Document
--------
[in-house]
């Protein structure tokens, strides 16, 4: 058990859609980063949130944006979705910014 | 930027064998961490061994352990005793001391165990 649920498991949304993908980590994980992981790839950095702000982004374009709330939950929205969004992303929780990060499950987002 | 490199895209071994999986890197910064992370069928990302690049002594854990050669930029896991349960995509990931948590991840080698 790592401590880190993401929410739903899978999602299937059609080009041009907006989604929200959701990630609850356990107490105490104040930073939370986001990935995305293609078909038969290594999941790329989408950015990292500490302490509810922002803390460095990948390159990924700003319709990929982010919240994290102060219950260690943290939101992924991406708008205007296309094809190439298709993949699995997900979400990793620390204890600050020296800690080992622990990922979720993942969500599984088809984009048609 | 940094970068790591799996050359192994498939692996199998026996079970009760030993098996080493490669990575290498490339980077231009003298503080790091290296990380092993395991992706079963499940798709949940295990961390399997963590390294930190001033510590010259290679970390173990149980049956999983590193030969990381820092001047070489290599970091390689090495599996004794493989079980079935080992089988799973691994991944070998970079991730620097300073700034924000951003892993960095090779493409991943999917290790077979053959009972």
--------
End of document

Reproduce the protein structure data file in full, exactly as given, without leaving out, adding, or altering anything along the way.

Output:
[in-house]
């Protein structure tokens, strides 16, 4: 058990859609980063949130944006979705910014 | 930027064998961490061994352990005793001391165990 649920498991949304993908980590994980992981790839950095702000982004374009709330939950929205969004992303929780990060499950987002 | 490199895209071994999986890197910064992370069928990302690049002594854990050669930029896991349960995509990931948590991840080698 790592401590880190993401929410739903899978999602299937059609080009041009907006989604929200959701990630609850356990107490105490104040930073939370986001990935995305293609078909038969290594999941790329989408950015990292500490302490509810922002803390460095990948390159990924700003319709990929982010919240994290102060219950260690943290939101992924991406708008205007296309094809190439298709993949699995997900979400990793620390204890600050020296800690080992622990990922979720993942969500599984088809984009048609 | 940094970068790591799996050359192994498939692996199998026996079970009760030993098996080493490669990575290498490339980077231009003298503080790091290296990380092993395991992706079963499940798709949940295990961390399997963590390294930190001033510590010259290679970390173990149980049956999983590193030969990381820092001047070489290599970091390689090495599996004794493989079980079935080992089988799973691994991944070998970079991730620097300073700034924000951003892993960095090779493409991943999917290790077979053959009972």